More fun with gas futures strips in the latest Guinness Atkinson report (see p. 9), relating 12-mo gas strip to deviation from 5-yr avg in storage.

Hi Jeff,

Unfortunately, I just reported on the futures data JRCO put into their report. But if you can create a similar strip for UK BNP converted to $ then we could compare.

The key is that if the UK is willing to pay more than $0.25 per Mcf then Trinidad's gas will go to Europe. If not, then it will come here.

Great site by the way. Are you thinking of adding currency conversions as a feature?

Your chart is interesting because the average production cost in the US (last fall) was over $8.00. Some of that has fallen as pressure on drill pipe and rig availability has eased. Yet futures run under that value all the way out to 2018.

I don't have access to data for the, no I can't plot it. If you know of anywhere online that posts it in a text/csv/xml format, I could do it pretty easily. Currency could be done pretty easily. Will add it to the To Do list.

Back on topic, isn't the network of production and consumption more complicated? I mean, there are more than just two destinations. Even considering the larger network, the price equilibrium should find itself. It will be interesting to watch.

I hear a lot of optimism shale gas, but I'm wondering how significant these reserves are in terms of years' supply or TCF? And what is the current share of total NG supplied by shale? I believe I read that 40% of gas was U.C., but I don’t know how much of U.C. is shale.

The reason I’m asking is because I was thinking that shale resources may be about 250 TCF, and I believe the USA consumes about 24 TCF annually. If so, we may be at peak shale gas in a few years.

What happened to the 25% natural decline rate in existing production?

The "Treadmill" is there, but how fast is it? It appears it is only 8% instead of 25%?

It is up in the 20%-30%. However the NG producers found a way to unlock 2-6 Bcf per well when before they were getting 1 Bcf. So it is a huge burst in productivity. Kind of like finding Prudhoe bay was to oil.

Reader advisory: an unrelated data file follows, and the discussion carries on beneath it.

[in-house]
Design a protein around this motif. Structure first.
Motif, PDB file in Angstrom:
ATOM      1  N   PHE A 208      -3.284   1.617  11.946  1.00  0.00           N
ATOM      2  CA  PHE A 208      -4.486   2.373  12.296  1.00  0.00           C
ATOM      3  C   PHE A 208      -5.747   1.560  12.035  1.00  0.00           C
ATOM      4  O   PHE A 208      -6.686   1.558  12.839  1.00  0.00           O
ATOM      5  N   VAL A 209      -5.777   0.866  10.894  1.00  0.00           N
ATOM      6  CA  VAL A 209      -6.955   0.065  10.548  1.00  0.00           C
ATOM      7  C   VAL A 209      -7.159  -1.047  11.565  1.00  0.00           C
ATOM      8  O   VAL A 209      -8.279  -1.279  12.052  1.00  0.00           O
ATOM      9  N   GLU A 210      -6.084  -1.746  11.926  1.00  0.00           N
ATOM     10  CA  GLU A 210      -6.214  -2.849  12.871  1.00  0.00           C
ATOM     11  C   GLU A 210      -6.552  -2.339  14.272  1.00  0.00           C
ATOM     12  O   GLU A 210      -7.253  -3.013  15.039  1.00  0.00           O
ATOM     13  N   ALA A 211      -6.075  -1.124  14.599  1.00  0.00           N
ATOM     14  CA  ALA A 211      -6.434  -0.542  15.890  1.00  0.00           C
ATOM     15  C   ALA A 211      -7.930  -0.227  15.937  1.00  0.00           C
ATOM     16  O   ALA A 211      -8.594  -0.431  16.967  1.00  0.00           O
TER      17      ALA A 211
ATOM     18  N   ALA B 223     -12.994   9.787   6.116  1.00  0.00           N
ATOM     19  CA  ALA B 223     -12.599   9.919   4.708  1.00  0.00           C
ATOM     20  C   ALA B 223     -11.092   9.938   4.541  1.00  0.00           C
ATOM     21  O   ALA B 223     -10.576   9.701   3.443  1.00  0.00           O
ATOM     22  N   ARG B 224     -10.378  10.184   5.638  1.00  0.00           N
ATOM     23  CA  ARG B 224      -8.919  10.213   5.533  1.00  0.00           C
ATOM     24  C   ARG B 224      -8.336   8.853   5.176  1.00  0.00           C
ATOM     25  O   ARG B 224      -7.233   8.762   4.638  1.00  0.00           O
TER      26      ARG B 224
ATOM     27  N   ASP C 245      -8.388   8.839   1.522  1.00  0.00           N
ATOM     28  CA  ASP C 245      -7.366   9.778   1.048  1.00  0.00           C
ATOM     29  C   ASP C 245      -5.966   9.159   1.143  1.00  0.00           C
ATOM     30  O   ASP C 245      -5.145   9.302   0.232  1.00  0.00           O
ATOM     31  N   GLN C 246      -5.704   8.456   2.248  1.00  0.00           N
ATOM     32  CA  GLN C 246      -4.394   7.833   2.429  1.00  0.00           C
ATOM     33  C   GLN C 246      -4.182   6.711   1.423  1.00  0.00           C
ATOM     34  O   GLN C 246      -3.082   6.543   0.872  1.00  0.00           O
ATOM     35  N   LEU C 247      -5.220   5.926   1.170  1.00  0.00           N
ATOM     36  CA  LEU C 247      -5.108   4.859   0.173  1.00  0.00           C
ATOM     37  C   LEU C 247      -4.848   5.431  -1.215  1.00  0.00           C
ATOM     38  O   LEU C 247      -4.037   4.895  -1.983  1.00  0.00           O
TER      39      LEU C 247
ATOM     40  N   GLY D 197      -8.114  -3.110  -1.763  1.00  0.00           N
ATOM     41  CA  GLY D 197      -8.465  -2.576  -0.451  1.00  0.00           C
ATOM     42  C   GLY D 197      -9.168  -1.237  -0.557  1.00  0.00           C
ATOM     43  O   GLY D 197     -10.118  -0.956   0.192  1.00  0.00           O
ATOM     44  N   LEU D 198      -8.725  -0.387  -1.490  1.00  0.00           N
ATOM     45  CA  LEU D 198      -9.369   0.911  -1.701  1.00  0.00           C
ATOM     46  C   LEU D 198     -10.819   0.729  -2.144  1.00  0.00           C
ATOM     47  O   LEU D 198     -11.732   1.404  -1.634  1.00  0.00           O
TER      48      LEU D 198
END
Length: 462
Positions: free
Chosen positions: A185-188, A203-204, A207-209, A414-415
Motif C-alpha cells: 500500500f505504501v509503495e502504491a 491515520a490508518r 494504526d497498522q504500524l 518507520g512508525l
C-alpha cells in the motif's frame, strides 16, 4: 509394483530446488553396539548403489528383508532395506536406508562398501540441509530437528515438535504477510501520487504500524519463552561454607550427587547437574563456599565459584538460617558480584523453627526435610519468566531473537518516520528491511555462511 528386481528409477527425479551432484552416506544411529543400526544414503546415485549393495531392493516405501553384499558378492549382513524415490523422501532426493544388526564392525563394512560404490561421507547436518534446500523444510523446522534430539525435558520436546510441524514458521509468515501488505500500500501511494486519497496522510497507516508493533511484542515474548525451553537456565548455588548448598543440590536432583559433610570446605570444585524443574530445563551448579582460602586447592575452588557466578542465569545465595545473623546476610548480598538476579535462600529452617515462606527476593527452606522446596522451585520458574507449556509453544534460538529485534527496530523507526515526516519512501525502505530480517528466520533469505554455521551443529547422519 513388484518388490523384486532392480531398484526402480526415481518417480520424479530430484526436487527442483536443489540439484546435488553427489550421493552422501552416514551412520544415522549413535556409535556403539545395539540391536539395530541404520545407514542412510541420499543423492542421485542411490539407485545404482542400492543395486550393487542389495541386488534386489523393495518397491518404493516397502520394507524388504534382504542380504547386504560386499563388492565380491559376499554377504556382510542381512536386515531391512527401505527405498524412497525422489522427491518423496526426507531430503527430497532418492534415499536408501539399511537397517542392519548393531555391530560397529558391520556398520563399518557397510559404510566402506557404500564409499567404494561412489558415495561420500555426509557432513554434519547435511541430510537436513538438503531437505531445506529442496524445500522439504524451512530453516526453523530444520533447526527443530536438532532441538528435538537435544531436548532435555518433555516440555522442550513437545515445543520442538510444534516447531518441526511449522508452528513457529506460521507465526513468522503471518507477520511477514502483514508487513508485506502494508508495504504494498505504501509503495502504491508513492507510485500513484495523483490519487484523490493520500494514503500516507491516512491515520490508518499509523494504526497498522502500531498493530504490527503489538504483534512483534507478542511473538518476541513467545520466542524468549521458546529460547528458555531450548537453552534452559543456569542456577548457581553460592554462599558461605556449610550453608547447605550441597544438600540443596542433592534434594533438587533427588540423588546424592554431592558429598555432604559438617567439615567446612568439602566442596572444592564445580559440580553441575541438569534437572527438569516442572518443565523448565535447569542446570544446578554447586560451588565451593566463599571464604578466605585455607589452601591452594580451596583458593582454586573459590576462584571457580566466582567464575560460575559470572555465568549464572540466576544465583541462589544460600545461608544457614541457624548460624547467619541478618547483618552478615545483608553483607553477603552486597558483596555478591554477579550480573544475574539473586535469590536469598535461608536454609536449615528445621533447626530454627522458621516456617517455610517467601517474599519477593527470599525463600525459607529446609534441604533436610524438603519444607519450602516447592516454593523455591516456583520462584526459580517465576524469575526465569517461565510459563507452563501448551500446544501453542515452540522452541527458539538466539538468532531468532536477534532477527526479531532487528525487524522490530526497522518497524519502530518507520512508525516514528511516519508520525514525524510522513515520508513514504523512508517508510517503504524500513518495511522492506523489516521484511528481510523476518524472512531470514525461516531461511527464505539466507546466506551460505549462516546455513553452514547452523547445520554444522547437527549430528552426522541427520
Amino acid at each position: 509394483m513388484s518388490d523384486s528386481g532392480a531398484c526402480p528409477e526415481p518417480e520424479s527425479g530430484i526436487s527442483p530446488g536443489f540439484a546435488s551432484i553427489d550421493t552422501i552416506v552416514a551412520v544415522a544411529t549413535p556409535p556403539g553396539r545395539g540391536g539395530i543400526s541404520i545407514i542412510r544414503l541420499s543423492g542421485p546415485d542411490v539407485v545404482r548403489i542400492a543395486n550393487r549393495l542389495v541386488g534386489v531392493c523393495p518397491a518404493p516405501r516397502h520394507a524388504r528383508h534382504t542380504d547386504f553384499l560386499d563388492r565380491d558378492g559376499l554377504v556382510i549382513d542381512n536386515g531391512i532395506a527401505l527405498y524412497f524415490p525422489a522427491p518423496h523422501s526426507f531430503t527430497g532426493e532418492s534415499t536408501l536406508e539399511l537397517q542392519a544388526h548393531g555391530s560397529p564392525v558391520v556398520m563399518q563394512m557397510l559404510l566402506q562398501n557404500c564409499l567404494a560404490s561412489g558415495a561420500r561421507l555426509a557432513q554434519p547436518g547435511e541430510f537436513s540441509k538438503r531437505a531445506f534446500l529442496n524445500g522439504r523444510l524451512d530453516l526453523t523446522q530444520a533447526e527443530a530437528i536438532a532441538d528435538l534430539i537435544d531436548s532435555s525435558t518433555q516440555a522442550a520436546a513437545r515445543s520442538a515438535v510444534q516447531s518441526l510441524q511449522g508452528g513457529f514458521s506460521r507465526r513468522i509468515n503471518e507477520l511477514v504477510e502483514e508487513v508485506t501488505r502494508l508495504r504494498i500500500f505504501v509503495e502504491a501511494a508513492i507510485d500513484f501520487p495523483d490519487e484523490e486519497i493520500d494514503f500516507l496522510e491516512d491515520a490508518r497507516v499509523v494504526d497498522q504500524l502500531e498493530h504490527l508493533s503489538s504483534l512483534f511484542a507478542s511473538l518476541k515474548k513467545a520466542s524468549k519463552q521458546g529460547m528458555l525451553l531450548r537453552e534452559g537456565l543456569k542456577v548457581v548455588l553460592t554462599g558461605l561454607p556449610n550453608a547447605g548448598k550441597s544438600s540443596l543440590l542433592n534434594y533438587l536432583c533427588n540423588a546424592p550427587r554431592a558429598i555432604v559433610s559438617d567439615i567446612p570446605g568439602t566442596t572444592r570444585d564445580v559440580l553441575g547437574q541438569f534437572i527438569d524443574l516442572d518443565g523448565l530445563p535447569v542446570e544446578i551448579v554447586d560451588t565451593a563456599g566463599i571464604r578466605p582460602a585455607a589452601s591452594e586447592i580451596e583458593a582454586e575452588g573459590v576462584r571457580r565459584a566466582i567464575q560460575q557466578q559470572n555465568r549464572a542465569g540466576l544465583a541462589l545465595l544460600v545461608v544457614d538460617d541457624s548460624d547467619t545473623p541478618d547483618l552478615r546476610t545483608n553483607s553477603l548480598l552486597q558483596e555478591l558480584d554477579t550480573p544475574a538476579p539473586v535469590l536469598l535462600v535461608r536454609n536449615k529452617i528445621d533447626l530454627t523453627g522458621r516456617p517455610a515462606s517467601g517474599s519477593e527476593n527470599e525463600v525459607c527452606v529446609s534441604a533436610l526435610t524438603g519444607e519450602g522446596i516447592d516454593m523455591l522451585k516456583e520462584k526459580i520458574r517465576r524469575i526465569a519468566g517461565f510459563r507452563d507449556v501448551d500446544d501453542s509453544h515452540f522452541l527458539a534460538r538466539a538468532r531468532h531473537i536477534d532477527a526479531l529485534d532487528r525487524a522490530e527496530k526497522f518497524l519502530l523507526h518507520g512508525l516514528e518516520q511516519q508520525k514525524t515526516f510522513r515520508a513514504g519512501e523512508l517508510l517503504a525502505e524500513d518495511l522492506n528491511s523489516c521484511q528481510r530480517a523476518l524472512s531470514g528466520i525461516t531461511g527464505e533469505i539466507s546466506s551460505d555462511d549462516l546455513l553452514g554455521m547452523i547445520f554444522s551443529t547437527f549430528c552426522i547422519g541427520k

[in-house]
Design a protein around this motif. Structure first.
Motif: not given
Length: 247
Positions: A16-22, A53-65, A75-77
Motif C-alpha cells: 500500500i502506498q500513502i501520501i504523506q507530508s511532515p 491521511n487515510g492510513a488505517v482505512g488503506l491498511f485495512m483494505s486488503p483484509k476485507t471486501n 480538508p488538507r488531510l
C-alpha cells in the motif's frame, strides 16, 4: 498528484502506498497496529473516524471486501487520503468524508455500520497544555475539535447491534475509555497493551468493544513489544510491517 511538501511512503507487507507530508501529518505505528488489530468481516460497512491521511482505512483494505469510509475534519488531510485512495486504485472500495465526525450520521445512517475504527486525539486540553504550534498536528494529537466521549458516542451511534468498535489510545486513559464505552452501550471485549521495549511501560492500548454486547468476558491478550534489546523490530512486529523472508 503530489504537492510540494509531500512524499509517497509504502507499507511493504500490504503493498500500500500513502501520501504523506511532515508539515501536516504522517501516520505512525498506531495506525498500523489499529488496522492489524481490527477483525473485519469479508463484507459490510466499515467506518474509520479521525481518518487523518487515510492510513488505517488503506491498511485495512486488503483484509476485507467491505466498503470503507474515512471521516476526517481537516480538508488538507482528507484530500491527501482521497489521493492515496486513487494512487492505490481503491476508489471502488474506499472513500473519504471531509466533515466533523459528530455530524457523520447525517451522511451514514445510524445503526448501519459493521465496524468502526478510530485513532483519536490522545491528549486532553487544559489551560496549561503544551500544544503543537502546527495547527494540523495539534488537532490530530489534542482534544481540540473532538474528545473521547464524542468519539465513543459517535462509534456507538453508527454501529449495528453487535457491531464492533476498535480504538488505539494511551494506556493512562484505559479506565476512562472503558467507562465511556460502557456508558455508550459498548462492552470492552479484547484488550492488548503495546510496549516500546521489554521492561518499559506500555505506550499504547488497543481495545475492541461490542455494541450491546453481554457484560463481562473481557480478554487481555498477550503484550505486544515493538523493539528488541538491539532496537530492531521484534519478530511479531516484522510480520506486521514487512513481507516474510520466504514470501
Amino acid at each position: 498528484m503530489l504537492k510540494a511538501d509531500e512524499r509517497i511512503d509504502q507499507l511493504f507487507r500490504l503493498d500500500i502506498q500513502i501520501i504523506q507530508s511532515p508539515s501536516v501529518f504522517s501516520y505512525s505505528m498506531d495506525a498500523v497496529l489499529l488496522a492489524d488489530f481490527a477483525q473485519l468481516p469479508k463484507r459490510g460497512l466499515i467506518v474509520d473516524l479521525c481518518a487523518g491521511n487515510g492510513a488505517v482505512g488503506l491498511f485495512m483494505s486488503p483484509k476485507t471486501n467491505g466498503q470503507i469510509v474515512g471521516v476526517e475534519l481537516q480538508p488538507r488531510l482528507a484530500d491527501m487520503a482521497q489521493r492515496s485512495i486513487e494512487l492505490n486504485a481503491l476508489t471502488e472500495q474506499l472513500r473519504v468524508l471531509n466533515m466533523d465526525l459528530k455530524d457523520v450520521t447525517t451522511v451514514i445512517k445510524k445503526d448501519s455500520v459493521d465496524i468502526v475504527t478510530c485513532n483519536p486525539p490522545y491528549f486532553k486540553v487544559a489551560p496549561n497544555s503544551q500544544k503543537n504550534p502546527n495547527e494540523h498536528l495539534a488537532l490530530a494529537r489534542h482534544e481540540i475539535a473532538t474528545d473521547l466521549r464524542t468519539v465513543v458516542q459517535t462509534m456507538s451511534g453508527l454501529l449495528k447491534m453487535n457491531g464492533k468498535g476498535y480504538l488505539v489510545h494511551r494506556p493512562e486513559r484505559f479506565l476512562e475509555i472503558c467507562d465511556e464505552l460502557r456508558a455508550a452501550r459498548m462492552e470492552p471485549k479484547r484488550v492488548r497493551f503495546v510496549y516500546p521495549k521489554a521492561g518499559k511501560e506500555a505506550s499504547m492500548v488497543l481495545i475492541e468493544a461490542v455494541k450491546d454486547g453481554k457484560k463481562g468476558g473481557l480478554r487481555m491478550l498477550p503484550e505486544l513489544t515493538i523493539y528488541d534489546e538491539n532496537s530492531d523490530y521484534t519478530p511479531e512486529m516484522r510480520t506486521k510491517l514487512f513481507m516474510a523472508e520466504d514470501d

The question is how long with the turn around run? I have some numbers upthread for Barnett, which is currently showing a falling rig count because it's EUR per well is falling back towards Texas average already.

Difficult to estimate Farmer. Take a single good shale gas well. It might start at 10 million cf/day. Decline for the first couple of years may be 60% or greater. But by year 6 or 7 the DR maybe 5%. Of course, the rate will be considerably lower at this point. But these wells can produce commercially for 10 to 20 years. So while you might have 10 new high rate wells coming online in a period, there may be 200 older wells producing a significant amount of NG at low decline rate. So when someone say unconventional NG are declining at X% are they talking about all the UNG every drilled or the ones recently drilled? To come up with a meaningful “overall DR” you have to have a weighted average. Thus when someone says the “natural decline rate is 25%” you have to ask exactly what wells they are talking about. Shale gas wells drilled in the last 12 months are probably showing a 40% to 60% DR. SHG wells drilled 5 years ago have a 5% DR. Older conventional NG fields might be doing 10% DR except of course for the Deep Water GOM NG which are producing huge volumes but might be showing a 30% DR.

To a degree it’s almost meaningless when some offers a DR unless they give very specific definitions of what they are talking about.

Here's the EIA projected Nat Gas prices and production. More charts from the 2009 outlook out today posted in the drumbeat here and here

FYI, my latest article Natty Dread references this post, and attempts to offer a supply outlook for the US. I think it's time to go long gas!